In 2014, nearly three-quarters of all residential solar systems in the U.S. were owned by a third party, such as SolarCity, Vivint Solar or Sunrun, according to GTM. That means most consumers leased their systems or were under a solar power purchase agreement (PPA) with a solar provider.
Another market that has expanded is the solar power loan industry, where instead of purchasing systems with cash, homeowners take out personal loans as an investment in the less expensive energy source.
"The solar loan market has exploded," said GTM Research solar analyst Nicole Litvak. "Every ... financier has introduced or is planning to introduce a loan, and an entirely separate group of pure-play loan providers has emerged."
Tyler Ogden, a solar analyst with Lux Research, said consumers are aware that the installation price for solar has fallen and they see an opportunity to get all the financial benefits from installations, from tax incentives to free electricity.
A typical solar system installed today can pay for itself in electricity savings in a period ranging from a few years to 10 years -- with five years being the average ROI, Ogden said.
Another growing area for consumers choose is in solar marketplaces, where homeowners and businesses can compare pricing among solar providers.
For example, in 2015, 93% of users of solar marketplace EnergySage chose to own their system, compared to the national average of 37%, according to its CEO Vikram Aggarwal.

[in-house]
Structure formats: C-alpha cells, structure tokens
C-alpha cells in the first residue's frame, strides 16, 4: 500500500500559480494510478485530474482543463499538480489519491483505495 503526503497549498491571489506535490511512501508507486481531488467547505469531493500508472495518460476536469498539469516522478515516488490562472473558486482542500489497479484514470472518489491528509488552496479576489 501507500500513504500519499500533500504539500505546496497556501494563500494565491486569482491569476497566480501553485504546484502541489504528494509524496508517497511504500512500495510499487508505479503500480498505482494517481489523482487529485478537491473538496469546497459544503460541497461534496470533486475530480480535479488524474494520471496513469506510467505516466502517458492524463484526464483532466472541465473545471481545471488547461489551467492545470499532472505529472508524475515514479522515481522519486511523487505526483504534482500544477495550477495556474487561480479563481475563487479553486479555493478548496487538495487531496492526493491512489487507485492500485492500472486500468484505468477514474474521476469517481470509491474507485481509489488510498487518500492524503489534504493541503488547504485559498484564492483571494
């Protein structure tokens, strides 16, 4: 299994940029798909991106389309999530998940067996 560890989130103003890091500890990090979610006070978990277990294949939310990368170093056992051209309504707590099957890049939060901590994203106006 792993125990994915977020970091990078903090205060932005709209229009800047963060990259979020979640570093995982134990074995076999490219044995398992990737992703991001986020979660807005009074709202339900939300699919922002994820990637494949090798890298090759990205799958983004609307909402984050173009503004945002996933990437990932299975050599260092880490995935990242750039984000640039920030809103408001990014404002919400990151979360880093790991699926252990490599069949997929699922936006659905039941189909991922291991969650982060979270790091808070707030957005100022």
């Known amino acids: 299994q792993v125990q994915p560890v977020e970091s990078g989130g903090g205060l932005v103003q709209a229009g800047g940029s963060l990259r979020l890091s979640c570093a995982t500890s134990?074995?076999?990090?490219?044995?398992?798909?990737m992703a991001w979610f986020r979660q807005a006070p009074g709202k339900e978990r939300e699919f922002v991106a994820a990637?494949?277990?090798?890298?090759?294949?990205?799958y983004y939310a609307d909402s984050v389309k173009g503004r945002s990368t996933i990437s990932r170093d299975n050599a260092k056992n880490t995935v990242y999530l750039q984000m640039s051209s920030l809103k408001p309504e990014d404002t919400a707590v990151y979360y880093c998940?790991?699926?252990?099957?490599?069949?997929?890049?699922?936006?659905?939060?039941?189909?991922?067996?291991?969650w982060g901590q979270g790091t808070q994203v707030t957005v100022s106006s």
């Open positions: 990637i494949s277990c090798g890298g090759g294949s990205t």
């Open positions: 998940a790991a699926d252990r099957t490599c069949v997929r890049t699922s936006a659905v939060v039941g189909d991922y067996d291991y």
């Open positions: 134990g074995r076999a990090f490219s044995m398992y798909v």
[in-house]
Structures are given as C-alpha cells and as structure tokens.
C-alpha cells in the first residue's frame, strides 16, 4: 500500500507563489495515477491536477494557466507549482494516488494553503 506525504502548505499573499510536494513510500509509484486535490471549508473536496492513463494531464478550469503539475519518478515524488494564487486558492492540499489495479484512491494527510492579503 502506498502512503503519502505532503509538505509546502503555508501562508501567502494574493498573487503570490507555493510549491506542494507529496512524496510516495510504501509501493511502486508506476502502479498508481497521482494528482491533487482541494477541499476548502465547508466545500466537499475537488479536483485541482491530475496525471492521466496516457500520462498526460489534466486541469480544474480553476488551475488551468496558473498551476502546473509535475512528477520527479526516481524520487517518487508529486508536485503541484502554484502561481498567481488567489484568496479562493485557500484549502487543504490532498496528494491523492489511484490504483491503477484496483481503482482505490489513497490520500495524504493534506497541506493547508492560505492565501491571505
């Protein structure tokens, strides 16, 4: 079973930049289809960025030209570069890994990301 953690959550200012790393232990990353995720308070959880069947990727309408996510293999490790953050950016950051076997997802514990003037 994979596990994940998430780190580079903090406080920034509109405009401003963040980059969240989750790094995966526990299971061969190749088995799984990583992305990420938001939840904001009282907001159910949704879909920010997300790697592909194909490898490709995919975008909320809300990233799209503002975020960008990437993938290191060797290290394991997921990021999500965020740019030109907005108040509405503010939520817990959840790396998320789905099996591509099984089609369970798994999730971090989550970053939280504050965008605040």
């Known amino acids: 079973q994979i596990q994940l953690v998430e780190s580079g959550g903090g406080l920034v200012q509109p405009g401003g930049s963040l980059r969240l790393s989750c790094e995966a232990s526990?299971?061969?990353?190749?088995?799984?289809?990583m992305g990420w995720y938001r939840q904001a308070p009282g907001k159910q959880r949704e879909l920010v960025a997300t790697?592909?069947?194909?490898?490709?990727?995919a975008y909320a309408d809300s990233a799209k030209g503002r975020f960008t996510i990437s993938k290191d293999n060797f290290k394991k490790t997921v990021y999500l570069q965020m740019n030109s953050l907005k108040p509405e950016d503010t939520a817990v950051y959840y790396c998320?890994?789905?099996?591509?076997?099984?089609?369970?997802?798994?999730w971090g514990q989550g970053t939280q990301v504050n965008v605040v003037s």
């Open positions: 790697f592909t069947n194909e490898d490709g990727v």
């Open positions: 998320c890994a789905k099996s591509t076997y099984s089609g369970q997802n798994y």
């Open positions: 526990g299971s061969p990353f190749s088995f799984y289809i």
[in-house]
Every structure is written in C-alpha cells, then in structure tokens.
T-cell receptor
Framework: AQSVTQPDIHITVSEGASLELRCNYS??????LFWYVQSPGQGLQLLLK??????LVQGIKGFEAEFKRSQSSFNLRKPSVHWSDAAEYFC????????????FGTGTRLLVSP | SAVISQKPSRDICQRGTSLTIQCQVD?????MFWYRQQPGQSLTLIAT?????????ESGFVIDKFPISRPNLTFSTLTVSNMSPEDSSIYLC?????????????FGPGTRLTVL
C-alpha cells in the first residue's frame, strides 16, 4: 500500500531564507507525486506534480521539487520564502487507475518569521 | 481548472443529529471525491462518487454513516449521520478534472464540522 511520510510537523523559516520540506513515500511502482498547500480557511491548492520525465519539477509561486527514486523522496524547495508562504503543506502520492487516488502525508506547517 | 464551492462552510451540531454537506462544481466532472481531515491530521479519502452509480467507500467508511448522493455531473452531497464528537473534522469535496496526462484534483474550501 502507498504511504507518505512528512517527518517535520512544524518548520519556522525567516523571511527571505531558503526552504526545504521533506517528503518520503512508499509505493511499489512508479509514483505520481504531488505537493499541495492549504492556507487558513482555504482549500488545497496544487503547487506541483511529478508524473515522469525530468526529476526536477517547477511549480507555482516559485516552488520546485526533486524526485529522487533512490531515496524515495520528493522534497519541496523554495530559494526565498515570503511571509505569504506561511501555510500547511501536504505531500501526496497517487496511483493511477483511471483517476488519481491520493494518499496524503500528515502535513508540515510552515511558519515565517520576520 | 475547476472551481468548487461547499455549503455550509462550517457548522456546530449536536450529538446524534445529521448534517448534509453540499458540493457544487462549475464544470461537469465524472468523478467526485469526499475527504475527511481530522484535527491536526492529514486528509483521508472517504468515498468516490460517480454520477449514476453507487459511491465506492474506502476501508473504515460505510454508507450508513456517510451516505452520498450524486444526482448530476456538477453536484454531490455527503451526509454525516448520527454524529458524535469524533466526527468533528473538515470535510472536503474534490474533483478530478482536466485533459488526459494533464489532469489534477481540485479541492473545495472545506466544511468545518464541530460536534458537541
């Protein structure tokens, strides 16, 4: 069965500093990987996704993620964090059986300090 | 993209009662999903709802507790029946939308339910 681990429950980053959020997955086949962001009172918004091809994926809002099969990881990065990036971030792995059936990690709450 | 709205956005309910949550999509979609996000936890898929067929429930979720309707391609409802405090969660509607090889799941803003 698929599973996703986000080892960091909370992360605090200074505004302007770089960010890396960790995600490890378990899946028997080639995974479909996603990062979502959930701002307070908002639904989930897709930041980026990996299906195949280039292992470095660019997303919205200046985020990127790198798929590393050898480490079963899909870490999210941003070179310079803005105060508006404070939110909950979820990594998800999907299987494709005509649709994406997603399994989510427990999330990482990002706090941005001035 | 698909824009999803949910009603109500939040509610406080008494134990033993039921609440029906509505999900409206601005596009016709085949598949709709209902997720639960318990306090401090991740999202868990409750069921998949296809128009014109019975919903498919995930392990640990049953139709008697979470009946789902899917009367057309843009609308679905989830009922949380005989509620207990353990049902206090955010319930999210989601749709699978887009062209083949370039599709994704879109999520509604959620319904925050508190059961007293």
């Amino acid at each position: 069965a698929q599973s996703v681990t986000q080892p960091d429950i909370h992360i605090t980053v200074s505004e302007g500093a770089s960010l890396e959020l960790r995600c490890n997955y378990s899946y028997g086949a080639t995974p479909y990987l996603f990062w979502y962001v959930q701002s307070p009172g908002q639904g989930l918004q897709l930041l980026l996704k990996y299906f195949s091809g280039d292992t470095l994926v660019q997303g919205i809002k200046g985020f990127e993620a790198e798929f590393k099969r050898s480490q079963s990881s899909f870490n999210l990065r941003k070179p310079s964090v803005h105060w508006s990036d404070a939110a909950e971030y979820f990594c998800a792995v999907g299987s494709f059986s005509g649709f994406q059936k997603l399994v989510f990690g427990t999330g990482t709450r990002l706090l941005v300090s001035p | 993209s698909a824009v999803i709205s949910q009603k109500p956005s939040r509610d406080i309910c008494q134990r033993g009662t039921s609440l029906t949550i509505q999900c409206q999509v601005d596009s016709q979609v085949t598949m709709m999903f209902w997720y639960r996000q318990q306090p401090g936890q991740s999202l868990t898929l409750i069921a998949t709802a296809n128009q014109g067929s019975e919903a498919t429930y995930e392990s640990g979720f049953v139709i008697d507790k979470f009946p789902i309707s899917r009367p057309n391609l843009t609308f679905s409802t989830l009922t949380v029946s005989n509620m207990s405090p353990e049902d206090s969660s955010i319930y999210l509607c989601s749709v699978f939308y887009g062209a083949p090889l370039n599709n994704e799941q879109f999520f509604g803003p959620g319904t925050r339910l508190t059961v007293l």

Founded in 2009, EnergySage is similar to Expedia or Kayak in that it's a free online service that allows users to input their information and retrieve standardized quotes for a service -- in this case, the installation of a rooftop solar system. EnergySage generates revenue from fees paid by solar suppliers. The company is part of a nascent industry that includes other, smaller players, such as Geostellar.
"From our perspective, we don't care what the customer selects. We get the same revenue if you select a lease or PPA or take out a loan for the system," Aggarwal said. "We're agnostic toward your decision."
There are, however, pros and cons to owning a solar system, Ogden said. For example, as solar panel owners, they get the full benefits, but they also inherit full responsibility for maintenance.
That doesn't mean consumers are without a safety net, as solar systems typically have warranties to perform with up to 85% of their original efficiency for 25 years. After 25 years, Ogden said, solar power systems can still generate electricity, but at a rate typically far less than 85%.
Separately, another report released today showed the solar market is growing robustly, from a value of $86 billion in 2015 to a projected value of $422 billion by 2022, representing an annual growth rate of 24.2%.
Energy storage deployments in the U.S. totaled 336 megawatt-hours in 2016, doubling the megawatt-hours deployed in 2015. According to GTM Research and the Energy Storage Association's U.S Energy Storage Monitor 2016 Year in Review report, 230 megawatt-hours came online in the fourth quarter of the year, more than the sum of the previous 12 quarters combined.